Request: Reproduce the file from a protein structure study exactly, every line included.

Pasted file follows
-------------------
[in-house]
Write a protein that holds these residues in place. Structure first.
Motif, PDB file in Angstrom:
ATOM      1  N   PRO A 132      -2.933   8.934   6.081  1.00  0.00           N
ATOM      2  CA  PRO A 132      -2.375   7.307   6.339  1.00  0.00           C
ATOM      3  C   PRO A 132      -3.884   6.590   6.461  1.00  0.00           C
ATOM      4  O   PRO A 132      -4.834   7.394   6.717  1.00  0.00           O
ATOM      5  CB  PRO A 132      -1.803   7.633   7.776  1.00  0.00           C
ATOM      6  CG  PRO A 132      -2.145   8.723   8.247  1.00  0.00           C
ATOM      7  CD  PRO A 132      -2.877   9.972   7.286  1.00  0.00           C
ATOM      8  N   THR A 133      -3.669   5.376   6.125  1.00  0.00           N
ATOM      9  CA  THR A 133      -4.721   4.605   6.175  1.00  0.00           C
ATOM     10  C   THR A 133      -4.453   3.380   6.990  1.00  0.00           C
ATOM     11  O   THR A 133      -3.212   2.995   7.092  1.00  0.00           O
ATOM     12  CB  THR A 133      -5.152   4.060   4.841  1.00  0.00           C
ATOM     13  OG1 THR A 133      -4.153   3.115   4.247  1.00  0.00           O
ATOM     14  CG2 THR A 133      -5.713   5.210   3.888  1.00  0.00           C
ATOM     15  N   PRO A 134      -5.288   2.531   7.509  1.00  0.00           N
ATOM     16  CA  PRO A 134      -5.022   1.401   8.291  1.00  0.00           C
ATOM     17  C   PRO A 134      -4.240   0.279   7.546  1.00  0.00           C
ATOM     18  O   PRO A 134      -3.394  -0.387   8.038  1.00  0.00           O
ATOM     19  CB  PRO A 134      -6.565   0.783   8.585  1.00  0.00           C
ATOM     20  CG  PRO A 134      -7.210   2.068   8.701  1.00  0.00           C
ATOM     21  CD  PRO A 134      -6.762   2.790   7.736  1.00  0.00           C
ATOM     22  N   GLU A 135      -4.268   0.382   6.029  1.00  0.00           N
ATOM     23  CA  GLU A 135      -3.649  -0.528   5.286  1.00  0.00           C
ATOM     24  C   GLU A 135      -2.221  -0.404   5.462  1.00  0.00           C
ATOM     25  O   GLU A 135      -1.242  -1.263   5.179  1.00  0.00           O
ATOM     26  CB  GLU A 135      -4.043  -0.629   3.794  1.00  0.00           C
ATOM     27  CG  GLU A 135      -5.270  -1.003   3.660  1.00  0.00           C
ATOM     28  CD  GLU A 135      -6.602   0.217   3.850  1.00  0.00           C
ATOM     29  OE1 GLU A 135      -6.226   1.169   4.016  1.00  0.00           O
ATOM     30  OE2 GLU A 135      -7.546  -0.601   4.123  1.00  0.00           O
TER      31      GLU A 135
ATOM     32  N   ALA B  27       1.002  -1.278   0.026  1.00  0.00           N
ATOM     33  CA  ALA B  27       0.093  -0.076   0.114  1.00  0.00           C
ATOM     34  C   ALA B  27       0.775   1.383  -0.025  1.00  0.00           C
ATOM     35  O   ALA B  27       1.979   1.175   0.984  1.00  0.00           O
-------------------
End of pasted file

[in-house]
Write a protein that holds these residues in place. Structure first.
Motif, PDB file in Angstrom:
ATOM      1  N   PRO A 132      -2.933   8.934   6.081  1.00  0.00           N
ATOM      2  CA  PRO A 132      -2.375   7.307   6.339  1.00  0.00           C
ATOM      3  C   PRO A 132      -3.884   6.590   6.461  1.00  0.00           C
ATOM      4  O   PRO A 132      -4.834   7.394   6.717  1.00  0.00           O
ATOM      5  CB  PRO A 132      -1.803   7.633   7.776  1.00  0.00           C
ATOM      6  CG  PRO A 132      -2.145   8.723   8.247  1.00  0.00           C
ATOM      7  CD  PRO A 132      -2.877   9.972   7.286  1.00  0.00           C
ATOM      8  N   THR A 133      -3.669   5.376   6.125  1.00  0.00           N
ATOM      9  CA  THR A 133      -4.721   4.605   6.175  1.00  0.00           C
ATOM     10  C   THR A 133      -4.453   3.380   6.990  1.00  0.00           C
ATOM     11  O   THR A 133      -3.212   2.995   7.092  1.00  0.00           O
ATOM     12  CB  THR A 133      -5.152   4.060   4.841  1.00  0.00           C
ATOM     13  OG1 THR A 133      -4.153   3.115   4.247  1.00  0.00           O
ATOM     14  CG2 THR A 133      -5.713   5.210   3.888  1.00  0.00           C
ATOM     15  N   PRO A 134      -5.288   2.531   7.509  1.00  0.00           N
ATOM     16  CA  PRO A 134      -5.022   1.401   8.291  1.00  0.00           C
ATOM     17  C   PRO A 134      -4.240   0.279   7.546  1.00  0.00           C
ATOM     18  O   PRO A 134      -3.394  -0.387   8.038  1.00  0.00           O
ATOM     19  CB  PRO A 134      -6.565   0.783   8.585  1.00  0.00           C
ATOM     20  CG  PRO A 134      -7.210   2.068   8.701  1.00  0.00           C
ATOM     21  CD  PRO A 134      -6.762   2.790   7.736  1.00  0.00           C
ATOM     22  N   GLU A 135      -4.268   0.382   6.029  1.00  0.00           N
ATOM     23  CA  GLU A 135      -3.649  -0.528   5.286  1.00  0.00           C
ATOM     24  C   GLU A 135      -2.221  -0.404   5.462  1.00  0.00           C
ATOM     25  O   GLU A 135      -1.242  -1.263   5.179  1.00  0.00           O
ATOM     26  CB  GLU A 135      -4.043  -0.629   3.794  1.00  0.00           C
ATOM     27  CG  GLU A 135      -5.270  -1.003   3.660  1.00  0.00           C
ATOM     28  CD  GLU A 135      -6.602   0.217   3.850  1.00  0.00           C
ATOM     29  OE1 GLU A 135      -6.226   1.169   4.016  1.00  0.00           O
ATOM     30  OE2 GLU A 135      -7.546  -0.601   4.123  1.00  0.00           O
TER      31      GLU A 135
ATOM     32  N   ALA B  27       1.002  -1.278   0.026  1.00  0.00           N
ATOM     33  CA  ALA B  27       0.093  -0.076   0.114  1.00  0.00           C
ATOM     34  C   ALA B  27       0.775   1.383  -0.025  1.00  0.00           C
ATOM     35  O   ALA B  27       1.979   1.175   0.984  1.00  0.00           O